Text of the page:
During the past 10 years, companies have made enormous investments to provide customer service through digital channels, a report has stated. The report from the Boston Consulting Group (BCG), however, noted that although the adoption of digital channels was revolutionising how customers interact with businesses, the benefits in terms of cost reduction and customer experience had often fallen short of expectations.
Therefore, it stressed the need for companies to reconsider their approach.
The report pointed out that the fundamental challenge was that companies continue to develop digital channels independently of their existing human-support channels, most notably the contact centre.
“As a result, they fail to tap into the contact centre’s value in providing multichannel customer service and customer insight. This value is significant, even in the context of an existing “digital first” channel strategy.
“Because companies think about digital and human support separately, they make a common set of mistakes when designing and executing a multichannel strategy. They can correct these mistakes by following a corresponding set of imperatives that have the shared objective of leveraging the contact centre’s insights and capabilities to increase the impact of digital initiatives.
“By taking these actions, companies can realize benefits from an improved customer experience sooner, sustainably reduce cost to serve, and more successfully ease customers into the self-serve habit,” it explained.
It showed that a survey conducted by the BCG and NICE, a provider of customer experience data tools, found that 82 per cent of consumers in a sample from advanced economies use a web self-service channel. However, the survey also found that 82 per cent of consumers still call contact centres to speak with agents.
To this end, it stressed that the continued dependence on human assistance was an indication that companies and their customers were not fully capturing the benefits of digital customer service.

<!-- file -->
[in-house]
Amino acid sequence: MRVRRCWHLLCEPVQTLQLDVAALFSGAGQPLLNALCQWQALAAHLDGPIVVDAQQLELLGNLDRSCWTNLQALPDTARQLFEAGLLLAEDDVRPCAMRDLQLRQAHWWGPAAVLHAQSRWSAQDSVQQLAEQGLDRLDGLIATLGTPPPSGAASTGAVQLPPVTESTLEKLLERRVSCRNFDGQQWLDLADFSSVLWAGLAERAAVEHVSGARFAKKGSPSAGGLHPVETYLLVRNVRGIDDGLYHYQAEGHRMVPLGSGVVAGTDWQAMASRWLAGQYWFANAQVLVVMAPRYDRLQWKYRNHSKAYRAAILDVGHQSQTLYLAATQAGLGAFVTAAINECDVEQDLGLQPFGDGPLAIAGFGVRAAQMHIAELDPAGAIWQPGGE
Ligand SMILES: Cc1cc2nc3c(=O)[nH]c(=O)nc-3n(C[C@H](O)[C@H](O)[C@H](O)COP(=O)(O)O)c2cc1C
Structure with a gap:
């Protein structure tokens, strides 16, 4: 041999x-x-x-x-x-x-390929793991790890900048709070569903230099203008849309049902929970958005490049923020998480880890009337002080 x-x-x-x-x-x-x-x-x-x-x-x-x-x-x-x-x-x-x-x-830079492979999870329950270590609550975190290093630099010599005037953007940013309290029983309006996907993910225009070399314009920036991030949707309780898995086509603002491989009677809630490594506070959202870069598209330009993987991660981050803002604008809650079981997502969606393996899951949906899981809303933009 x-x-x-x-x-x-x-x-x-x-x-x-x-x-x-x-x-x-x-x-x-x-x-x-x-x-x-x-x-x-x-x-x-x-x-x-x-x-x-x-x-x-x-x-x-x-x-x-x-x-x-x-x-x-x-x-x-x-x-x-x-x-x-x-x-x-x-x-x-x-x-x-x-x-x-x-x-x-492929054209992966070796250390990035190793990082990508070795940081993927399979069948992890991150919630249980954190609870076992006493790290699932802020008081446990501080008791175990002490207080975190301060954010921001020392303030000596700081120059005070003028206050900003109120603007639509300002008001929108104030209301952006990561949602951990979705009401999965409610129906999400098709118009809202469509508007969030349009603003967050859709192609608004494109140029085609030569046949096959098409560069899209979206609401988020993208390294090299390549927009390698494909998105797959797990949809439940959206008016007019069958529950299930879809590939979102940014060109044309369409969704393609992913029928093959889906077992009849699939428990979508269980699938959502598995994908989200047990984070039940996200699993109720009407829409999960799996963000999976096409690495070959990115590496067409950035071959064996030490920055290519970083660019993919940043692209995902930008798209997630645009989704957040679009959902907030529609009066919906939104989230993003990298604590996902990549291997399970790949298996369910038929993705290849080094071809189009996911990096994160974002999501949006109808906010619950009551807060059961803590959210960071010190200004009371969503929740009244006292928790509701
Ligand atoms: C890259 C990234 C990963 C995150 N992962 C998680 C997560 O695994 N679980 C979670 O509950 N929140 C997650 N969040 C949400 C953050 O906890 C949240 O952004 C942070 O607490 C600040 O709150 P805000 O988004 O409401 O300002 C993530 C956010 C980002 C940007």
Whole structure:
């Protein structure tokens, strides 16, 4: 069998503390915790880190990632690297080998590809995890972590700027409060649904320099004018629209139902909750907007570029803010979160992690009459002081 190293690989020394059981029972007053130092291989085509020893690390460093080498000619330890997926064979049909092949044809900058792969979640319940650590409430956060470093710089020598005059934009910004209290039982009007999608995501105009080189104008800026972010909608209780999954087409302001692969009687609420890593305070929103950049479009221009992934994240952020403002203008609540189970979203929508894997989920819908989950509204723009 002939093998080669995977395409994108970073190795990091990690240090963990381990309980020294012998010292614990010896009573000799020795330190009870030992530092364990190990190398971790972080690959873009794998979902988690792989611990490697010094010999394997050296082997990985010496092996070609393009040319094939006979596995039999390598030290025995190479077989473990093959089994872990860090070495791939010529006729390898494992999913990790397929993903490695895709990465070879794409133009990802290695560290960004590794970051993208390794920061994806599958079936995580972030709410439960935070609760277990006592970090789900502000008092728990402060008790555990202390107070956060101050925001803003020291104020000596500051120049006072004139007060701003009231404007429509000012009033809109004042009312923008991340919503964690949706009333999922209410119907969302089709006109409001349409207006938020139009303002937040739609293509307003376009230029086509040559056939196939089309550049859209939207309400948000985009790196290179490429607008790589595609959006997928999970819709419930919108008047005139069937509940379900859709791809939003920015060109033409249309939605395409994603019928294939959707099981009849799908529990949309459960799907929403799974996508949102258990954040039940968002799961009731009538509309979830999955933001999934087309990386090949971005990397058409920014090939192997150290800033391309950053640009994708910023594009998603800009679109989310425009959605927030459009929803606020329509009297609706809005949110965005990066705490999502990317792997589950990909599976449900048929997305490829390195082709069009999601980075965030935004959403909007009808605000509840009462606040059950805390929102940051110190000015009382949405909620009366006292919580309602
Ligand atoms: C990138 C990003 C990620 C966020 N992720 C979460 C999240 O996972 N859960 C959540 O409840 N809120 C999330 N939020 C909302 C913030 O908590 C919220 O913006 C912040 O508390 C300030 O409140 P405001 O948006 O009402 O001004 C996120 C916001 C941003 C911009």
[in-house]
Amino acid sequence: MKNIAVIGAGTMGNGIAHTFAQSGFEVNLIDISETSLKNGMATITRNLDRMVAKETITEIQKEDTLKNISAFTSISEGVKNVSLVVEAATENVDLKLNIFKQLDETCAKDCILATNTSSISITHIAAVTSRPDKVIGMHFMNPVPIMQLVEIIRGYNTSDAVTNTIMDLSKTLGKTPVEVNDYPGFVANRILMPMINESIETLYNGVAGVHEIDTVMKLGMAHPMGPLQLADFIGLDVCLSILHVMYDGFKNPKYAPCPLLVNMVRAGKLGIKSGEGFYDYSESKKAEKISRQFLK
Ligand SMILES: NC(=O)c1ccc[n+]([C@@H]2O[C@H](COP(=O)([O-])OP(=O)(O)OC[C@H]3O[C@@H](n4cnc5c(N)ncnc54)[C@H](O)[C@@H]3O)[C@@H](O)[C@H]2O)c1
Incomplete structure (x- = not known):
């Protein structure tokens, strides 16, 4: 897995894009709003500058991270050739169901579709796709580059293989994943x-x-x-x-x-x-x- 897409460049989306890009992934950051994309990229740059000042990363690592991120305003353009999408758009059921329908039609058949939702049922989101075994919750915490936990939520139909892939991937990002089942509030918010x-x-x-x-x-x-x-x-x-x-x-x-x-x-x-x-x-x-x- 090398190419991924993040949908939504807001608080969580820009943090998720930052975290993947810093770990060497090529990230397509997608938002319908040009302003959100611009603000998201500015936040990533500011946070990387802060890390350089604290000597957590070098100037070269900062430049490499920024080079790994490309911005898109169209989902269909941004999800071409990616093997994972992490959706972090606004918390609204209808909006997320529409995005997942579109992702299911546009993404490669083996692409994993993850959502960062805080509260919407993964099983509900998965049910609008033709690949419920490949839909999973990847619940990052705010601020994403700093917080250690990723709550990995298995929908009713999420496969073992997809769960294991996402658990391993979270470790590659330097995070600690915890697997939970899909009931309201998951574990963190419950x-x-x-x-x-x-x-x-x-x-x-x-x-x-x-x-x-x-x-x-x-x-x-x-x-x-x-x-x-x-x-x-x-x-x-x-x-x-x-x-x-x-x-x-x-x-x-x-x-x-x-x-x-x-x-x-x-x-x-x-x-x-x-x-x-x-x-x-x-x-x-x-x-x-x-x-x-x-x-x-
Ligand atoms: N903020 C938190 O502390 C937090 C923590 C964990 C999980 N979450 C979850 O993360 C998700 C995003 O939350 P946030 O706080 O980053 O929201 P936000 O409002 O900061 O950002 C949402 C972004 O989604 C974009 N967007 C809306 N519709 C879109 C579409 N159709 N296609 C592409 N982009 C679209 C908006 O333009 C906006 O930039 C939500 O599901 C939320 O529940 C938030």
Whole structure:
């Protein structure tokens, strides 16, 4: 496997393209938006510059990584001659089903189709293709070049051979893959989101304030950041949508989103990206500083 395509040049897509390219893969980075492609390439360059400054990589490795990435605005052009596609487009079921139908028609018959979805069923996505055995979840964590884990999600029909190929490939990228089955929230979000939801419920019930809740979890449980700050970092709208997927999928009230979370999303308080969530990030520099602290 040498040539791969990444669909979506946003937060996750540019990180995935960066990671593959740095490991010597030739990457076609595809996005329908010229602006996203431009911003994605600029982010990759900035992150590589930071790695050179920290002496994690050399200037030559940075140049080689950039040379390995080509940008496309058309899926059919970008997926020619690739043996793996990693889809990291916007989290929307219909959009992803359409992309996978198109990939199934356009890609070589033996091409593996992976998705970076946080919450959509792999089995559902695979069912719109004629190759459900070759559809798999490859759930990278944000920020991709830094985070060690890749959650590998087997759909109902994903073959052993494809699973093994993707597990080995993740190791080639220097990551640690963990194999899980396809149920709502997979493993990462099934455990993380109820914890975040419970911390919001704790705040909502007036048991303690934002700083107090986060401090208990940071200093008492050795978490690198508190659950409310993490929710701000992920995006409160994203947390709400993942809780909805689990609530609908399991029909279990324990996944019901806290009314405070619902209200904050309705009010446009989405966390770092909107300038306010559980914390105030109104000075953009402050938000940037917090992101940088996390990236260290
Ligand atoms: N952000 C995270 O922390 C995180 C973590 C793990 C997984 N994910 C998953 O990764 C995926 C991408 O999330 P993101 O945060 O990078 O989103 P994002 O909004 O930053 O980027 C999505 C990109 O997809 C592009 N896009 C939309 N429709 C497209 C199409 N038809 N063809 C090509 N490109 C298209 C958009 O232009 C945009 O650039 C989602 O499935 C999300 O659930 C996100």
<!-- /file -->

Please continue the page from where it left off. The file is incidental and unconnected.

“Companies often decide which activities to automate on the basis of how easy it is to do so. The basic assumption is that digital self-serve channels will handle the simpler interactions, while humans step in to deal with more complex queries. However, this model does not always consider the real value to customers of the contact or how automating it might diminish that value.
“For example, most subscription businesses make bills available online, regarding this as a simple way to address billing inquiries. But customers often go online not only to find out how much they owe, but also to understand how a charge is calculated, dispute a charge, request a payment extension, or learn how to reduce charges in the future.
“If they cannot get help with such inquiries in the digital channel, customers must call the contact centre for assistance—and will likely be frustrated that they had to make multiple contacts to resolve their issue,” it explained.
To address these mistakes and promote a seamless multichannel customer experience, the report stated that contact centres needed to produce huge quantity of valuable information.
“Analysing data on where customers look first to get help can also yield valuable insights. For an increasing number of customers, a web search is the first recourse when seeking answers about products or services.
“And they often find what they’re looking for. Customers who Google a company’s contact number, for instance, typically see it displayed in a large font at the top of the search listings. Leading companies use search engine marketing to funnel search queries into relevant online answers.
“Rather than forcing customers into digital channels, companies should create the conditions that will encourage them to change their habits over time. In our experience in multiple service sectors, switching to digital channels is not a one-time event but rather a transition that typically requires up to two years,” it stated.